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New Scotland Archives — The Altamont Enterprise, February 5, 2009

Board mulls smoking ban in village parks

By Philippa Stasiuk

VOORHEESVILLE — Smoking may soon be banned in village parks, and cigarette ads in Voorheesville stores may be made less visible to kids.

The Voorheesville Village Board will be voting next month on these two initiatives after hearing a presentation from the Capital District Tobacco-Free Coalition at the January meeting last Tuesday. 

Every day in America, 4,000 children start smoking, another 2,000 become daily smokers, and 1,200 people die from cigarette-related illnesses, according to the American Cancer Society.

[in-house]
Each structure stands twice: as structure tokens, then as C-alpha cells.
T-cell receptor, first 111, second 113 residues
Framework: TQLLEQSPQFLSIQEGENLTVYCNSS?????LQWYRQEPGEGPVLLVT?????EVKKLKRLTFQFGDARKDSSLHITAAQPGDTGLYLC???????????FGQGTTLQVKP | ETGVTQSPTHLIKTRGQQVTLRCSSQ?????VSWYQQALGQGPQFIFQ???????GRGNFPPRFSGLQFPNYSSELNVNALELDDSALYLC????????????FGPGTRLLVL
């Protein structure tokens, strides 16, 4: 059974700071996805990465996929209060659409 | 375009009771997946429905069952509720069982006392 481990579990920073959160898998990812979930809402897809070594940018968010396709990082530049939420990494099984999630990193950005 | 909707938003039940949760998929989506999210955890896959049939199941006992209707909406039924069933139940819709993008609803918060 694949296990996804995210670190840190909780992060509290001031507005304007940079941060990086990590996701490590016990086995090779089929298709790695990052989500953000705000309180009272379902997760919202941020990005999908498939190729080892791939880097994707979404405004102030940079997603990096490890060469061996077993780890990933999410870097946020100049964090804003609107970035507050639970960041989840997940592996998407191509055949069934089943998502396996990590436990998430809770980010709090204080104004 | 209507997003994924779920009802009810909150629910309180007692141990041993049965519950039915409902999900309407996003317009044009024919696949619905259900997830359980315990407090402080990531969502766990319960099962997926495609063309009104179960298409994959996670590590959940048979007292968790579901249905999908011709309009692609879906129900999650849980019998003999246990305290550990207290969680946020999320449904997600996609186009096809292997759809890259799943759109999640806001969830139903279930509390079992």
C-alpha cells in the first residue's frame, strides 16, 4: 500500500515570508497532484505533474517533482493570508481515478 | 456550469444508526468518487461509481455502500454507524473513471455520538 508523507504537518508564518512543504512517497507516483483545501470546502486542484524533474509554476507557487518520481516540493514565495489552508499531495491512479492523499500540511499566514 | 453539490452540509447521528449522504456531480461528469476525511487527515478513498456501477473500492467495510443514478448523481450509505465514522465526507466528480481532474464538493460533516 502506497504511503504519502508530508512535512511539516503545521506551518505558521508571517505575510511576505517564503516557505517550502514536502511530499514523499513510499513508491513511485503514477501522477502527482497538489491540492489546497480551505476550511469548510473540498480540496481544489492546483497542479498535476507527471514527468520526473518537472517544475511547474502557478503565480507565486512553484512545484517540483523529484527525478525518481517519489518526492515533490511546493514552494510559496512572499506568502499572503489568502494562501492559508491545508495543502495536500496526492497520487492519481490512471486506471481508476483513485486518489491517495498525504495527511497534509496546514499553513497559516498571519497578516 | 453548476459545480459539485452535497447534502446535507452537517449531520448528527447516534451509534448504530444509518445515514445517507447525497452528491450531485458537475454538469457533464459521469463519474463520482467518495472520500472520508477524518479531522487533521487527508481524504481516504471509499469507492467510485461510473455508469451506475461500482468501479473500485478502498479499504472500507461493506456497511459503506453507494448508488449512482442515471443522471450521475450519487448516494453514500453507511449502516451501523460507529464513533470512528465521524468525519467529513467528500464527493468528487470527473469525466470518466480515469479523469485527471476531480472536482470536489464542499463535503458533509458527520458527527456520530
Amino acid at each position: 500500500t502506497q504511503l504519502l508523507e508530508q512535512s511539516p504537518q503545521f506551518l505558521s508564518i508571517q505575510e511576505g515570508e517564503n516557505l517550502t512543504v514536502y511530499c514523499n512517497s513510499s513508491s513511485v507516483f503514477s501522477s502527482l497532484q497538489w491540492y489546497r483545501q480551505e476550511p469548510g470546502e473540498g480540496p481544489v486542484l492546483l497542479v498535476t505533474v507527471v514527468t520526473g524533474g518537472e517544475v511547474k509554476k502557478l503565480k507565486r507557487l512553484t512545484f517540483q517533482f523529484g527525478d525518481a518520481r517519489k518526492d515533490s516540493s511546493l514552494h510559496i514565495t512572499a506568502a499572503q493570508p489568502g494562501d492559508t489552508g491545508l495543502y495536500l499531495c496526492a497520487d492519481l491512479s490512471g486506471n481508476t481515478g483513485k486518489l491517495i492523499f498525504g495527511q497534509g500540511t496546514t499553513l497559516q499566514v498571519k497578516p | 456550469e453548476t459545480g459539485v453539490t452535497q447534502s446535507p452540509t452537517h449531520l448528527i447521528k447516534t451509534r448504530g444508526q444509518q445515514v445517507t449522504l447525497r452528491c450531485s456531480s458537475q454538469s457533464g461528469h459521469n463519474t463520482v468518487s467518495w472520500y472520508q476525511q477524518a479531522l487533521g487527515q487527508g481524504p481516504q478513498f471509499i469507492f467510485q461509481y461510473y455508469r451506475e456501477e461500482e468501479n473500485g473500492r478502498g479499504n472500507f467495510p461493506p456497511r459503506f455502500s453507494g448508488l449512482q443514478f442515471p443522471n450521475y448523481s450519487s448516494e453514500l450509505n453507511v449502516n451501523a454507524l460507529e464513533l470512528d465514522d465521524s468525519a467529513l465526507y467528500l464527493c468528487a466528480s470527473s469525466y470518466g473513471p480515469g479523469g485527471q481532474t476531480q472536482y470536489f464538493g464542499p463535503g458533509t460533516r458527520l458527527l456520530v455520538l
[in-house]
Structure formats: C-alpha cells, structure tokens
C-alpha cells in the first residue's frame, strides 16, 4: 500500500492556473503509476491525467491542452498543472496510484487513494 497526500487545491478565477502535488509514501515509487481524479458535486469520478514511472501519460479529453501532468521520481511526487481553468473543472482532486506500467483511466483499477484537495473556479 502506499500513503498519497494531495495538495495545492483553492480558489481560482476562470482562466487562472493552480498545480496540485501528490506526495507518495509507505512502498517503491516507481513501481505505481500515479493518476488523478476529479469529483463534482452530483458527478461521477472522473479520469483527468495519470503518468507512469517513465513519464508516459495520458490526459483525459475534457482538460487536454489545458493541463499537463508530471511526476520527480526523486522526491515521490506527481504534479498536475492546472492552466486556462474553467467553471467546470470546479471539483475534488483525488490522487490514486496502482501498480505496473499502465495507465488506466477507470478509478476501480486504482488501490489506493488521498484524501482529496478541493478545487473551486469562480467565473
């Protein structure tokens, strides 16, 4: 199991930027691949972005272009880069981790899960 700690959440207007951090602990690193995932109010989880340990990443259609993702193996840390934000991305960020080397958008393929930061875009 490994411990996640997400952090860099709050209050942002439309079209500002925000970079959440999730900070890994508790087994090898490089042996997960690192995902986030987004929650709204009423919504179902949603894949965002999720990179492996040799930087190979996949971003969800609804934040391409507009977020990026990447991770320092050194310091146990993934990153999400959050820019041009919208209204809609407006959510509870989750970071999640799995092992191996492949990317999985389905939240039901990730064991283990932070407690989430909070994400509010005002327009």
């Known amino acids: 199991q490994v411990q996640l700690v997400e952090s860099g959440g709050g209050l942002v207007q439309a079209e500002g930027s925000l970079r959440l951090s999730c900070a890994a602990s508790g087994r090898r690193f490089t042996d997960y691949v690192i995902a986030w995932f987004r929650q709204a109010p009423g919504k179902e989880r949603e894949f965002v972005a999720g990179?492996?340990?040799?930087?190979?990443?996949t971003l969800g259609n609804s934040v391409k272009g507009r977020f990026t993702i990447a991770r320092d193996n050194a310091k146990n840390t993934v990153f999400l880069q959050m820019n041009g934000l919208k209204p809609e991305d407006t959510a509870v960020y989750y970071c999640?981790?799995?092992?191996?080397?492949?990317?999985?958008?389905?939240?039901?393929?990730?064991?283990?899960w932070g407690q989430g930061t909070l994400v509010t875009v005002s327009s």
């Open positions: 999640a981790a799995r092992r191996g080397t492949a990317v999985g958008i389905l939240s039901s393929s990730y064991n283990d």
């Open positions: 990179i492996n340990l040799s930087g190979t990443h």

Jeanie Orr, a project coordinator from the Troy-based not-for-profit coalition, spoke about two resolutions that the village could implement to reduce tobacco use. One resolution would make the parks in Voorheesville smoke-free and the other would encourage convenience stores in the village to alter their cigarette advertising so that it is less visible to children.

Orr’s presentation at the meeting highlighted the dangers of second-hand smoke, which she explained could be just as dangerous outside as it is indoors. She also said that being upwind from a smoker outdoors does not eliminate the cigarette’s chemicals from the air.

Over 40 municipalities in New York State have already adopted resolutions to make parks smoke-free, including the towns of Niskayuna, Rotterdam, and Scotia in Schenectady County.